Skylights featured on Astronomy Picture of the Day

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Skylights featured five times on Earth Science Picture of the Day:
1 , 2 , 3 , 4 , 5

Atlantic Sky Pacific Sky
Photos of the Week. From Sea to Shining Sea..., the Atlantic sea and sky on the left, the Pacific on the right, both in March of 2006.

Astronomy news for the week starting Friday, April 7, 2006.

Read A Minute with Jim Kaler, a brief interview on the outer bodies of the Solar System that appears on the U of I home page.

Our Moon (the only large one in the inner Solar System) begins the week in the waxing gibbous phase, which leads to passage through the full phase on Thursday April 13th during daylight hours in North America. The night of Wednesday the 12th, the near-full Moon will rise just before sunset, while the following night, the just-past-full Moon will rise just after sunset. At close to the moment of full, the Moon will occult Spica in Virgo as seen from parts southern Asia and Australia. From North America, the Moon will lie to the west of Spica the night of Wednesday the 12th (between Porrima and Spica), while the following night it will be to the east of the bright star. In the middle of its gibbous phase, it goes through apogee, where it is farthest from the Earth.

The only planet undergoing any kind of event is Mercury, which reaches greatest western elongation relative to the Sun on Saturday the 8th, when it lies 28 degrees to the west of our star and is therefore visible in morning twilight. This Mercurian apparition is not a particularly good one, however, as the morning ecliptic currently lies fairly flat against the horizon, so the little planet does not get very high before brightening dawn overtakes it. Better to admire magnificent Venus , which is now rising shortly before 5 AM Daylight Time.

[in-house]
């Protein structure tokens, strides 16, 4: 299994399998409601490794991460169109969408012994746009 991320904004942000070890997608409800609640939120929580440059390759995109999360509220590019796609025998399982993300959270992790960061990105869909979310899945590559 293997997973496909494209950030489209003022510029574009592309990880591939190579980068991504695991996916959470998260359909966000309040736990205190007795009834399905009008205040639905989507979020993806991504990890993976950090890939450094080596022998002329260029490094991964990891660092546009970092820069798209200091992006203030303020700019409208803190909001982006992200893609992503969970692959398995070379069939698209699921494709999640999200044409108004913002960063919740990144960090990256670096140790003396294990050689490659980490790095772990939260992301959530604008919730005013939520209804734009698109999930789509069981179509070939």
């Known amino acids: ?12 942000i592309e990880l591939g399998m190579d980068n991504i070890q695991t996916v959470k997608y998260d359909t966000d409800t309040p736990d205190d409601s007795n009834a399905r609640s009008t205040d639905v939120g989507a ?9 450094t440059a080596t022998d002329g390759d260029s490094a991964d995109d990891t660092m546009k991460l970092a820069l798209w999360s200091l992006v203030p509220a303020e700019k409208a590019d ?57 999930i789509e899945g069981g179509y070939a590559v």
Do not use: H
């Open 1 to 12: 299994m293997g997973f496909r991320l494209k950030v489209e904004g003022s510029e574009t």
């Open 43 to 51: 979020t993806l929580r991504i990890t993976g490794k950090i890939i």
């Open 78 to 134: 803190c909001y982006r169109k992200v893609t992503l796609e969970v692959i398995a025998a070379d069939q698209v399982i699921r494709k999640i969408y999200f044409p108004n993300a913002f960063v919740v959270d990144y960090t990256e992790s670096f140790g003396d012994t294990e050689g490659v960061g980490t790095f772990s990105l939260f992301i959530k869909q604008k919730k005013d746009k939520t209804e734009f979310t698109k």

In the evening, look for Mars, which now lies between the classical figures of Taurus and Gemini and sets just past local midnight. To the east of the red planet, find Saturn, which by the end of twilight is already well past the meridian to the south. It is so far north, however, that it does not set until 3:30 Daylight Time. The planet lies only a few degrees to the west of the Beehive cluster in Cancer. In a dark sky (which we do not have this week), the cluster is easily visible to the naked eye and is a most lovely sight in binoculars. On the other side of the sky, Jupiter (still in Libra lofts itself above the southeastern horizon around 9:30 Daylight Time.

If the sky is dark enough to find the Beehive, you can also look for a much larger cluster, charming Coma Berenices, which is contained within a much larger constellation of the same name and that lies a bit over 25 degrees south of the curve of the Big Dipper's handle. The cluster, 293 light years away (the average of its many stars), falls in the direction perpendicular to the Milky Way, and contains the northern pole of the flat plane of our Galaxy. In this broad direction, we see no obscuration of the distant heavens from the Milky Way's dust clouds, allowing us to observe the Universe of other galaxies that flock within Coma Berenices and neighboring Virgo.
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